Crewe Arms Hotel 
Nantwich Road, Crewe, Cheshire CW2 6DN ● 01270 213204 ● 01270 588615 

The Crewe Arms Hotel - A Brief History 

The Crewe Arms has been a focal point of Crewe since it was built in the 19th century. It is one of the few remaining buildings from the 19th century 'new town'. 
 
Crewe was built and named after the railway station, built in 1837 with the locomotive works at the forefront. Naturally, as a result of the railway, The Crewe Arms was built in 1880, although other records show it was actually built in 1830's. 
 
Whatever the date, The Crewe Arms was one of Britain's first railway hotels with its doors opening up onto the platform and remains an imposing brick red building at the gateway to Crewe. It certainly is a genuine local landmark. 

A Royal Affair 

Queen Victoria's visit to the Crewe Arms still leaves its mark on the hotel. From the fireplace in the lounge to the blocked up tunnel that once allowed the Queen to make her way from the station to the hotel in privacy, as well as the royal-named restaurants, Victoria's memory is alive and well.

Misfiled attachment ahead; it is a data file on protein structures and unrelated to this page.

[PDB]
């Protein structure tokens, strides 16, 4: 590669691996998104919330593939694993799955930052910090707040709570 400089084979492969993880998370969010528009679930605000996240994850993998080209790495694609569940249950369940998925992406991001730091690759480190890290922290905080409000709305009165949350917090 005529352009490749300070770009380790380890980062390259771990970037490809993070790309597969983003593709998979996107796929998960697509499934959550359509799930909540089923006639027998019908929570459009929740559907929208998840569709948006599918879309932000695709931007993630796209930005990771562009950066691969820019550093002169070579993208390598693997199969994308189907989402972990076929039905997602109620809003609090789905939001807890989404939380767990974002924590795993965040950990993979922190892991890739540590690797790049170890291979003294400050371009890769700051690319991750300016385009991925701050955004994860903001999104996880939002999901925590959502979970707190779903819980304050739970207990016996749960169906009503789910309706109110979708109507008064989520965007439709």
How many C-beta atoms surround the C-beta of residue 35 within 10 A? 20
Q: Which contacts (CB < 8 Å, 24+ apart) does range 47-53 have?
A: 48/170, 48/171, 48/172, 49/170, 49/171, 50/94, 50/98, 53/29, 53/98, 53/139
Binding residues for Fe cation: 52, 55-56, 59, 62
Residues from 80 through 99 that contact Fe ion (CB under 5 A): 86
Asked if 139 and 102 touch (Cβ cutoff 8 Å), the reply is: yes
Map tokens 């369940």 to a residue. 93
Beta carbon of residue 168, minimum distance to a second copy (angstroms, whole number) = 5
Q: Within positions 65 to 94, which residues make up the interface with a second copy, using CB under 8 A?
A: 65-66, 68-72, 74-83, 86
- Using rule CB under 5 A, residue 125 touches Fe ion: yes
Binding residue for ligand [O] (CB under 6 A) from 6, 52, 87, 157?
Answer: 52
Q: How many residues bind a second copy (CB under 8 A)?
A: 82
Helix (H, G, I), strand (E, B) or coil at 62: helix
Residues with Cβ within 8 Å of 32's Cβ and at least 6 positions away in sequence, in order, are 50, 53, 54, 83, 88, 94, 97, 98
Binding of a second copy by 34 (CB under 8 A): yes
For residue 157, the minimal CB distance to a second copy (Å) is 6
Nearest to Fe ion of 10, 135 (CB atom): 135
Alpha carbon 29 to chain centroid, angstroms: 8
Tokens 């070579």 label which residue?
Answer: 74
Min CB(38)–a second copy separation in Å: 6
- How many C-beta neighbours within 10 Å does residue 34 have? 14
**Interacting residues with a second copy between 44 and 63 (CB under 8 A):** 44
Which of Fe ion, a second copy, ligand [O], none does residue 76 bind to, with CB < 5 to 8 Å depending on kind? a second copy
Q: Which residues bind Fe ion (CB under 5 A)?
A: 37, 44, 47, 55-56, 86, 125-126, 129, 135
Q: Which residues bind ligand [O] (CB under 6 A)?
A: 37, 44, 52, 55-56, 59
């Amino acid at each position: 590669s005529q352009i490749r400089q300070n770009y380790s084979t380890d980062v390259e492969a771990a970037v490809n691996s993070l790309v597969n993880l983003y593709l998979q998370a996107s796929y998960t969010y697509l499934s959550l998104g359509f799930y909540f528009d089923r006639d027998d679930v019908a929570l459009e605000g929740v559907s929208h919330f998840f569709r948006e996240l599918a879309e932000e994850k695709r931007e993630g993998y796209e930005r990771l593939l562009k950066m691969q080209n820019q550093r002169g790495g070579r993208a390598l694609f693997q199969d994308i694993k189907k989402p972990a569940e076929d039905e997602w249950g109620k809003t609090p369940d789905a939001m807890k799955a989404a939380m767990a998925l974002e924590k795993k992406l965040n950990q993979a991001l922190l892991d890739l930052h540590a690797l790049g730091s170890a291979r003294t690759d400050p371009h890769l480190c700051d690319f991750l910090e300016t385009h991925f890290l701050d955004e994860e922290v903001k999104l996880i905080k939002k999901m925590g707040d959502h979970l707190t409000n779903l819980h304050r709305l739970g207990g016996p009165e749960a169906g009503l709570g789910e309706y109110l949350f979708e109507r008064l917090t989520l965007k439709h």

Who Has Visited and Stayed at the Crewe Arms? 

Arguably, the most famous is Queen Victoria on a stop over on her way to Scotland. A tunnel, which still remains today, was purpose built to protect her from the Cheshire weather and the public eye. This still remains today but is now blocked at either end. With today's weather, it would certainly be used in our modern day. 
 
The marble fire place in the lounge which was built still remains today, along with a bust of Victoria. 
 
Today's restaurant has Victoria very much in mind, Sophia's, named after Victoria's daughter. 
 
Many celebrities have stayed at The Crewe Arms over the years including boxing champion Sir Henry Cooper and French singer Sacha Distel, as well as thespians who have treaded the boards at another historical Crewe building, The Crewe Lyceum.